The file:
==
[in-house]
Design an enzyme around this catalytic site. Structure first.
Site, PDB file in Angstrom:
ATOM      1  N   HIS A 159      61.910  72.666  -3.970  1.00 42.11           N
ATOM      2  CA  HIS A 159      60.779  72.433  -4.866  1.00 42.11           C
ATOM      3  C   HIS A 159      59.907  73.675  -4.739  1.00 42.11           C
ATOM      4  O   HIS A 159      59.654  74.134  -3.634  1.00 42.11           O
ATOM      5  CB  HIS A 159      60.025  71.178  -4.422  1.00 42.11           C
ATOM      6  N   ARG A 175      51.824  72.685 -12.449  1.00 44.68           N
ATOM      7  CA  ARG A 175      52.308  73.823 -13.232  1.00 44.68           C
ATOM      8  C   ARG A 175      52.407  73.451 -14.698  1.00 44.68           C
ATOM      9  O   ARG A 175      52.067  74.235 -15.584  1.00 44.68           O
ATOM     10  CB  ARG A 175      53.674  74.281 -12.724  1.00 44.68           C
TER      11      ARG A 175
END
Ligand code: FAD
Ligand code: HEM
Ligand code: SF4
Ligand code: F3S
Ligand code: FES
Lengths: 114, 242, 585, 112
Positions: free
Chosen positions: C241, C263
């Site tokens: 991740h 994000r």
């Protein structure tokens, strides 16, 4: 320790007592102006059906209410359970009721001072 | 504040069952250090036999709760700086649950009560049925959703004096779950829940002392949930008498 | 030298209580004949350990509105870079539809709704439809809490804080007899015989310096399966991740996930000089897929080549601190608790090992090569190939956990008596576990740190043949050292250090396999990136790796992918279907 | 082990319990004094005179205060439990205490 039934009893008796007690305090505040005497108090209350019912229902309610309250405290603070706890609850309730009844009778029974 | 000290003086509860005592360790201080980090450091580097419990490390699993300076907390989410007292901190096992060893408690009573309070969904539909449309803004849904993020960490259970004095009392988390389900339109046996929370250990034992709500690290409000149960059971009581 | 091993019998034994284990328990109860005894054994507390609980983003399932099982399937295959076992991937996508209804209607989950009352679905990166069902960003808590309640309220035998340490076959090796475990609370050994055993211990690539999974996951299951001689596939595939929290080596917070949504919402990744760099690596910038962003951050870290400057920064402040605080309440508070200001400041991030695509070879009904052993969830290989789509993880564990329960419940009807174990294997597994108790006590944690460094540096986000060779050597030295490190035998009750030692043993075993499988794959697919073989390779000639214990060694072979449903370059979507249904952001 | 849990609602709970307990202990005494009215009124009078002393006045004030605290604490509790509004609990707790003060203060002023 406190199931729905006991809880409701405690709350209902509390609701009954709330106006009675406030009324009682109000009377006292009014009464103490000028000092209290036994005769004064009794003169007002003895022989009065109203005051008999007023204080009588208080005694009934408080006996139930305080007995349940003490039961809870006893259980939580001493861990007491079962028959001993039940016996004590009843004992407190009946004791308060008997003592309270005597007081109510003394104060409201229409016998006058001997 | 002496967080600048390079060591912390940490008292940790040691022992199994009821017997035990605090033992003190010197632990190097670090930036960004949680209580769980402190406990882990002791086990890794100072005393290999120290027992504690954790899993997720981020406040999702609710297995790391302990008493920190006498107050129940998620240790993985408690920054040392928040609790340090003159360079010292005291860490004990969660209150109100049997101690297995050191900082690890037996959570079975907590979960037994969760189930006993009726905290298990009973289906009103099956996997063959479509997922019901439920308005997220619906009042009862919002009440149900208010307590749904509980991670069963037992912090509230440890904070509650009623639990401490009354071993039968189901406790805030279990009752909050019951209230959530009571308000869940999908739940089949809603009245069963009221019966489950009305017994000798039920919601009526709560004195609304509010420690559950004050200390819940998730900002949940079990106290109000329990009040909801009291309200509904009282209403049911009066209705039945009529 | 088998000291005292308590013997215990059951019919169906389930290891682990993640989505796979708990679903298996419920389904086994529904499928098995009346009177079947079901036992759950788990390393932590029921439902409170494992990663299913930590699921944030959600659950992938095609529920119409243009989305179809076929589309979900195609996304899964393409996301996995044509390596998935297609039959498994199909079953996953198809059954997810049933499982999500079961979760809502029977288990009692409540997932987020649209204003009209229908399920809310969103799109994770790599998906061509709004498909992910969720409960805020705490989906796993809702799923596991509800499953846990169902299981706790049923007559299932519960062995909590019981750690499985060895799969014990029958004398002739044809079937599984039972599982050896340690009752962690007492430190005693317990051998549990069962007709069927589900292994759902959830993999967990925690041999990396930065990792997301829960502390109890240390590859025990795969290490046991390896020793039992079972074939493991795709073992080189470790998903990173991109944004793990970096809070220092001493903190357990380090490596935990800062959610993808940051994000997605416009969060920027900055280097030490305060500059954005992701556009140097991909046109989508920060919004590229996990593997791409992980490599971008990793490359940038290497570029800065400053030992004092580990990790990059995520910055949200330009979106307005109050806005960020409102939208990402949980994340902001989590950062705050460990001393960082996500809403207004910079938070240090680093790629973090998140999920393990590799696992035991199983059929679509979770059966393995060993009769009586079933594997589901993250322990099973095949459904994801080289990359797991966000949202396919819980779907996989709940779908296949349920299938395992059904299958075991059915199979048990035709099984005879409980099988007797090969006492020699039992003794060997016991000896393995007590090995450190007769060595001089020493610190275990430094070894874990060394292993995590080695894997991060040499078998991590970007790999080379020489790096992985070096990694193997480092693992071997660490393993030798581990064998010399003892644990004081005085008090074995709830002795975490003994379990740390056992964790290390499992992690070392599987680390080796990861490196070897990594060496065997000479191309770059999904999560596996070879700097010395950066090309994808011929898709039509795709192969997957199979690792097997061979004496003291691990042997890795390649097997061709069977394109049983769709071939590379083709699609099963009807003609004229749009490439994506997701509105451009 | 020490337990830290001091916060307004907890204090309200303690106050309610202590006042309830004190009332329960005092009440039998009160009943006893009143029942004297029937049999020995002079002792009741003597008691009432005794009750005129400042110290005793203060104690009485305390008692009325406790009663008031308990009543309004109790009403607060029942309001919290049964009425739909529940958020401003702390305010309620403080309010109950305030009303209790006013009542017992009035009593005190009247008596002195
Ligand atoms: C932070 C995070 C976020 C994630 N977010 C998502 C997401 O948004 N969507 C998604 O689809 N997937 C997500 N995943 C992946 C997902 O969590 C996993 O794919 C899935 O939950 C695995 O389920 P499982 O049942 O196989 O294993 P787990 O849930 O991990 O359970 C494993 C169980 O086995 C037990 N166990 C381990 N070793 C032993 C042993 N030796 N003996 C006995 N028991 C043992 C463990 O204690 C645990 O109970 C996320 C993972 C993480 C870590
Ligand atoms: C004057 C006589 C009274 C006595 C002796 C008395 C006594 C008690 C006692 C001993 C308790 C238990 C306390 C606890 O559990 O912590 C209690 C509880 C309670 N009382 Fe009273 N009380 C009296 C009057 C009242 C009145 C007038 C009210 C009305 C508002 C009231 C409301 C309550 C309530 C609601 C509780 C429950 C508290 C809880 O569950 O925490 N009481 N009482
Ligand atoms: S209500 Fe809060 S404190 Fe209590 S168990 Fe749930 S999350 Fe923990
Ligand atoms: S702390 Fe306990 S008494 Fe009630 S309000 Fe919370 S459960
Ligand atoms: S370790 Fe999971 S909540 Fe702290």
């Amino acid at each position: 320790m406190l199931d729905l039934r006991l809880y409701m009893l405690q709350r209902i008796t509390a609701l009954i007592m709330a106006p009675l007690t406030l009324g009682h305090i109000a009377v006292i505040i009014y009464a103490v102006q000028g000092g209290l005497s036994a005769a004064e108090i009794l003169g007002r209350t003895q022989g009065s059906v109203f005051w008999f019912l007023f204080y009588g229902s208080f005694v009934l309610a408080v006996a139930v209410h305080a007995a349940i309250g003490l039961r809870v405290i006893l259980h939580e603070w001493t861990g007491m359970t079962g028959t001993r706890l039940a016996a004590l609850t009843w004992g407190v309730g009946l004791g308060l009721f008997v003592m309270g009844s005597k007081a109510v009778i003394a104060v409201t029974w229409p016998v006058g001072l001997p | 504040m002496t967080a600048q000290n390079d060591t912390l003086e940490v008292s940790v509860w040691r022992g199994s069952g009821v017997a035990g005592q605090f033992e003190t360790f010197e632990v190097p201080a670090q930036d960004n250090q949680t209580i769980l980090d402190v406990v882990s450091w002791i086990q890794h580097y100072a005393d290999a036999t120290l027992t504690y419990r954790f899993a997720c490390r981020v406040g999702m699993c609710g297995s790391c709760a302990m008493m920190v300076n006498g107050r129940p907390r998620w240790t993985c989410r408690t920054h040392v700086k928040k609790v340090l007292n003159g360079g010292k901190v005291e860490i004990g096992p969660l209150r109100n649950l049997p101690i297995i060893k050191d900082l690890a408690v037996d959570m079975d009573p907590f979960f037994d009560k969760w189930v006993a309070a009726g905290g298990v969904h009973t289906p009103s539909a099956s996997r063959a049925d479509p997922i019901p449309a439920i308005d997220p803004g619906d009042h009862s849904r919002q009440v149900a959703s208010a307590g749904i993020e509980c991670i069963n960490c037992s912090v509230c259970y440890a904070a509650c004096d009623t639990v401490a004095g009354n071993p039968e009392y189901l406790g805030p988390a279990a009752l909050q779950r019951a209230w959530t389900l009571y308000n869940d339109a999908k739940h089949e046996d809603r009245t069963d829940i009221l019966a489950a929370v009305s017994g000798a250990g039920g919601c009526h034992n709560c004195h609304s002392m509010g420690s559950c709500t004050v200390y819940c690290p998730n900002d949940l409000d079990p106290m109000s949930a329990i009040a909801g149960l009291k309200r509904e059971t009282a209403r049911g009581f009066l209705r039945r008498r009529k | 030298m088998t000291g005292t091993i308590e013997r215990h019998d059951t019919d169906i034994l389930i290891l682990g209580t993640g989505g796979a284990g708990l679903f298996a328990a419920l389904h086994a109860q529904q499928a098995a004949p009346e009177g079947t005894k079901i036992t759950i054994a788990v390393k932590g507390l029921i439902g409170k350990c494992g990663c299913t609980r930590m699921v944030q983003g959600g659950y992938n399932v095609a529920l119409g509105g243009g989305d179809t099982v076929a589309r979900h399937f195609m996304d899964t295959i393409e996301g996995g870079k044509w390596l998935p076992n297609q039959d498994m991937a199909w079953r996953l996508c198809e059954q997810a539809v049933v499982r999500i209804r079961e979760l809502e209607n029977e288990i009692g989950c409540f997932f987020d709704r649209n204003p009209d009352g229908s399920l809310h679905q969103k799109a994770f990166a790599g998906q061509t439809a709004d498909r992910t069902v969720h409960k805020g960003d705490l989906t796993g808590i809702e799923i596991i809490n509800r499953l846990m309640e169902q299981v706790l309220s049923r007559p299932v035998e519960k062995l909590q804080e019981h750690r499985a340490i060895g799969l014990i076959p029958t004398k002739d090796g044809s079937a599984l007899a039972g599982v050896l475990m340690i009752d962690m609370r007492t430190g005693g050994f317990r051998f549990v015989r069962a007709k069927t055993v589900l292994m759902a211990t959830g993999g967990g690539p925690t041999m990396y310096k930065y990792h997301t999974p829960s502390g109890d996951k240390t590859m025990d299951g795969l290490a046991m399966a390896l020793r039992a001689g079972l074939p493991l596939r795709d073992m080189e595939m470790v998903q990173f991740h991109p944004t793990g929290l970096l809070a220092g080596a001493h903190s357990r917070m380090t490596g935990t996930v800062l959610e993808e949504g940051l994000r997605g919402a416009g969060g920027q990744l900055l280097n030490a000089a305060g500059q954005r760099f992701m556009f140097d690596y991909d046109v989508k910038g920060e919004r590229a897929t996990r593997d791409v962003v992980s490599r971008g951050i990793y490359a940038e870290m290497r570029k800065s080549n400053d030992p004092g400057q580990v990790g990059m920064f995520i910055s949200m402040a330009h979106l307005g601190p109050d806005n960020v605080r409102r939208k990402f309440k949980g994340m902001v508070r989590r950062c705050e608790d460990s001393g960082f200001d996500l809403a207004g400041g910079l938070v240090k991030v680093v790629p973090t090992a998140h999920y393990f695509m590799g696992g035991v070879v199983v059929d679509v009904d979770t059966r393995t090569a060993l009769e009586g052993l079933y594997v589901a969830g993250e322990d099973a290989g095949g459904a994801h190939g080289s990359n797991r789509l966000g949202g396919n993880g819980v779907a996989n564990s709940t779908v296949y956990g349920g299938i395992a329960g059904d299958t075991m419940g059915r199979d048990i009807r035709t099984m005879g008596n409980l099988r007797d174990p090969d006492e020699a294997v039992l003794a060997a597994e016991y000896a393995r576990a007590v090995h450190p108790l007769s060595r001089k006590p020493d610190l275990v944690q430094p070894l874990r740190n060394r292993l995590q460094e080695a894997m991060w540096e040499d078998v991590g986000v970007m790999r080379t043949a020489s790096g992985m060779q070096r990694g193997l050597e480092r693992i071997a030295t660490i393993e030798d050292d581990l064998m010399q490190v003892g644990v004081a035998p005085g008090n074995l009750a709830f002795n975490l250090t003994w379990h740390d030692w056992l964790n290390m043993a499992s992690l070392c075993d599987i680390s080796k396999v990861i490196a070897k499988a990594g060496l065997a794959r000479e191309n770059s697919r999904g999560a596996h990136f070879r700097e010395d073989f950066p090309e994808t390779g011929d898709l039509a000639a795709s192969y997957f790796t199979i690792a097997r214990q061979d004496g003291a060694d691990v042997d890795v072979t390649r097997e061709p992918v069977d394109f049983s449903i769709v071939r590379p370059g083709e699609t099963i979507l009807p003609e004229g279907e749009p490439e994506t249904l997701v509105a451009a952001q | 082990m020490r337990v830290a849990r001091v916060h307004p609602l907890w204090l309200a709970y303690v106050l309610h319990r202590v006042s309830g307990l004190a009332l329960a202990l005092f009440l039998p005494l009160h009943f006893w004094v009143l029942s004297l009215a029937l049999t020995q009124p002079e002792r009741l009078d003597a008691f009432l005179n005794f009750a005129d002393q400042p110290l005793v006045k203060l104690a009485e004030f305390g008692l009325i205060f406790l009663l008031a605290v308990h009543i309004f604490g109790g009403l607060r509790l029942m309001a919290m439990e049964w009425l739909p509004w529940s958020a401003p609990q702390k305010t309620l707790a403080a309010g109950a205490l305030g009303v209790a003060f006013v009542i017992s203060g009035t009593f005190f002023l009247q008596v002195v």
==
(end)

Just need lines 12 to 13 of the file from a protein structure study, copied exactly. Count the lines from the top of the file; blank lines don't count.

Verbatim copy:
ATOM      9  O   ARG A 175      52.067  74.235 -15.584  1.00 44.68           O
ATOM     10  CB  ARG A 175      53.674  74.281 -12.724  1.00 44.68           C